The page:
Former Library of Congress Employee Sentenced to 10 Years for Possession of Child Pornography

Several Women Alleged They Were Inappropriately Fondled
by the Defendant at Their Church When They Were Young Girls

August 6, 2008

Greenbelt, Maryland - U.S. District Judge Peter J. Messitte sentenced William W. Smith, age 53, of Silver Spring, Maryland, a former employee of the Library of Congress, today to 10 years in prison followed by supervised release for life for possession of child pornography, announced United States Attorney for the District of Maryland Rod J. Rosenstein. Ten years is the maximum penalty under the federal statute for the offense of possession of child pornography. Judge Messitte also ordered that Smith pay a fine of $17,500.

“In many cases, people who collect child pornography also abuse children,” said U.S. Attorney Rod J. Rosenstein. “Maryland’s Project Safe Childhood program has created a strong and credible deterrent to sexual abuse of children.”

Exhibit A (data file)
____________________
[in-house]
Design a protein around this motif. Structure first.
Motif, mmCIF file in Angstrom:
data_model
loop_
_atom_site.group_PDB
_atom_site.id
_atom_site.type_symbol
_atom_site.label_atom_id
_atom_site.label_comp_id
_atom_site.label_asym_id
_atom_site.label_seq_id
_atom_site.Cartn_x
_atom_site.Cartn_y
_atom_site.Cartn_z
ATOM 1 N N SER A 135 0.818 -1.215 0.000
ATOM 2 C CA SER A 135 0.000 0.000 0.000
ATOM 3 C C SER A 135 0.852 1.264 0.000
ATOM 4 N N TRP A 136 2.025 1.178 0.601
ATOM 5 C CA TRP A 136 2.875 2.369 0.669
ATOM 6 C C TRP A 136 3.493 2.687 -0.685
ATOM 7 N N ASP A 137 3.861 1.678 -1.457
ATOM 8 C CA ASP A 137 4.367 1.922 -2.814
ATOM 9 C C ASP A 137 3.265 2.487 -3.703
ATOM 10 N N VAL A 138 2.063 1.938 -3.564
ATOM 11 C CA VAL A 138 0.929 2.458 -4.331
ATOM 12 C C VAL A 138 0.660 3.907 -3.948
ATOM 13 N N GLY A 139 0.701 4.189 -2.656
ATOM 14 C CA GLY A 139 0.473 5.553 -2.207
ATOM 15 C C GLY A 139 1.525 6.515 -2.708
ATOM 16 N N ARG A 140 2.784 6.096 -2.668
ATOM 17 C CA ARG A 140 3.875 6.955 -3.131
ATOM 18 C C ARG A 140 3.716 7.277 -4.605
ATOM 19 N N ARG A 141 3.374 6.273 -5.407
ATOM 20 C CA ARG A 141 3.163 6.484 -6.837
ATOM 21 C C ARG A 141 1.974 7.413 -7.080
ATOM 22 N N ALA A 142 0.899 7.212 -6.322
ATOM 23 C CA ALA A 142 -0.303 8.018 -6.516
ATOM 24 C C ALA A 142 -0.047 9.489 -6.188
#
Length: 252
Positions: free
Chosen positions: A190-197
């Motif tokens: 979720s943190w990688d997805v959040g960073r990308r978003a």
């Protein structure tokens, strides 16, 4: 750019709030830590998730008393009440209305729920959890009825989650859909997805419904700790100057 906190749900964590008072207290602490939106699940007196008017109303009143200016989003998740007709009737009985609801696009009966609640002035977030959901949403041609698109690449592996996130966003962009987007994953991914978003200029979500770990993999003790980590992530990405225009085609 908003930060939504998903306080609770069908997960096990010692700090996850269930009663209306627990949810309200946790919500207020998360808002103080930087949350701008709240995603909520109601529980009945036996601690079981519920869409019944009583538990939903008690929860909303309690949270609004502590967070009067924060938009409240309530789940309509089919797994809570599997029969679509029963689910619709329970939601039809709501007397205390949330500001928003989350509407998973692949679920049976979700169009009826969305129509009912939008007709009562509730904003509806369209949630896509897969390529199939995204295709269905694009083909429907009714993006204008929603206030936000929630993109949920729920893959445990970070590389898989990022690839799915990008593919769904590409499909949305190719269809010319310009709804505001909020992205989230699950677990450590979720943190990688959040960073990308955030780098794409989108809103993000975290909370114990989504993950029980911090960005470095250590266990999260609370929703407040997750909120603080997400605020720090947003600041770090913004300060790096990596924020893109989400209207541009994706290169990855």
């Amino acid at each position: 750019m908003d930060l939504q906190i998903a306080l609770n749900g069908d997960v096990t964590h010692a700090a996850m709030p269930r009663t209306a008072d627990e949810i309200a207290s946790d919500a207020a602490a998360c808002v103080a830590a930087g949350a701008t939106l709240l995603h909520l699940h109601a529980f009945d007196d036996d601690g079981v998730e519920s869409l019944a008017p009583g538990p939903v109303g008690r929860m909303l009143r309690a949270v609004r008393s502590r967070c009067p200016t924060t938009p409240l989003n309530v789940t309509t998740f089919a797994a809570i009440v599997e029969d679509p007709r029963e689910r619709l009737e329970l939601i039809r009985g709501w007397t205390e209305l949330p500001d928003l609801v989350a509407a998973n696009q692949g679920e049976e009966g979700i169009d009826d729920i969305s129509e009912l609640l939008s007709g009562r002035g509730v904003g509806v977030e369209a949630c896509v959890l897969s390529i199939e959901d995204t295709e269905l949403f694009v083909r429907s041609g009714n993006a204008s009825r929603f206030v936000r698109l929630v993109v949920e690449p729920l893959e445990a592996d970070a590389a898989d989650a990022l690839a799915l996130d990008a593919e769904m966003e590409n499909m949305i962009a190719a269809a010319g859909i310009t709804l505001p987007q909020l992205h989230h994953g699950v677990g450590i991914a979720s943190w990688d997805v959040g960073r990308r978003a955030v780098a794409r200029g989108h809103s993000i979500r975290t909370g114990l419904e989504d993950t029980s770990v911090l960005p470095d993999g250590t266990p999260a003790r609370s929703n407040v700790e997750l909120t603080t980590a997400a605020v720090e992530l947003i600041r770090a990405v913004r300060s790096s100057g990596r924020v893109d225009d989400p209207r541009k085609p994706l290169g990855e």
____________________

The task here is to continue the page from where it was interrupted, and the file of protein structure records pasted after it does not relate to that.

According to his plea agreement, on January 29, 2008, Smith possessed over 20,000 images of child pornography, including prepubescent minors younger than 12 years, and sadistic or masochistic conduct or other depictions of violence. The images were electronically stored in his computers, external hard drives, CDs, DVDs and videocassettes in his home and office at the Library of Congress in Washington, D.C.

Additionally, several women have alleged that 25 years ago, when they were young girls, Smith fondled them inappropriately at their church in Washington, D.C. over a two- to three-year period. Videotapes of child pornography found in Smith’s home included evidence of possible inappropriate touching of these and other young girls.

This case was brought as part of Project Safe Childhood, a nationwide initiative designed to protect children from online exploitation and abuse. Led by the United States Attorneys’ Offices, Project Safe Childhood marshals federal, state and local resources to better locate, apprehend, and prosecute individuals who exploit children via the Internet, as well as identify and rescue victims. For more information about Project Safe Childhood, please visit Details about Maryland’s program are available at

United States Attorney Rod J. Rosenstein thanked the Library of Congress Office of Inspector General and the United States Secret Service for their investigative work. Mr. Rosenstein commended Assistant United States Attorney Robert K. Hur, who prosecuted the case.


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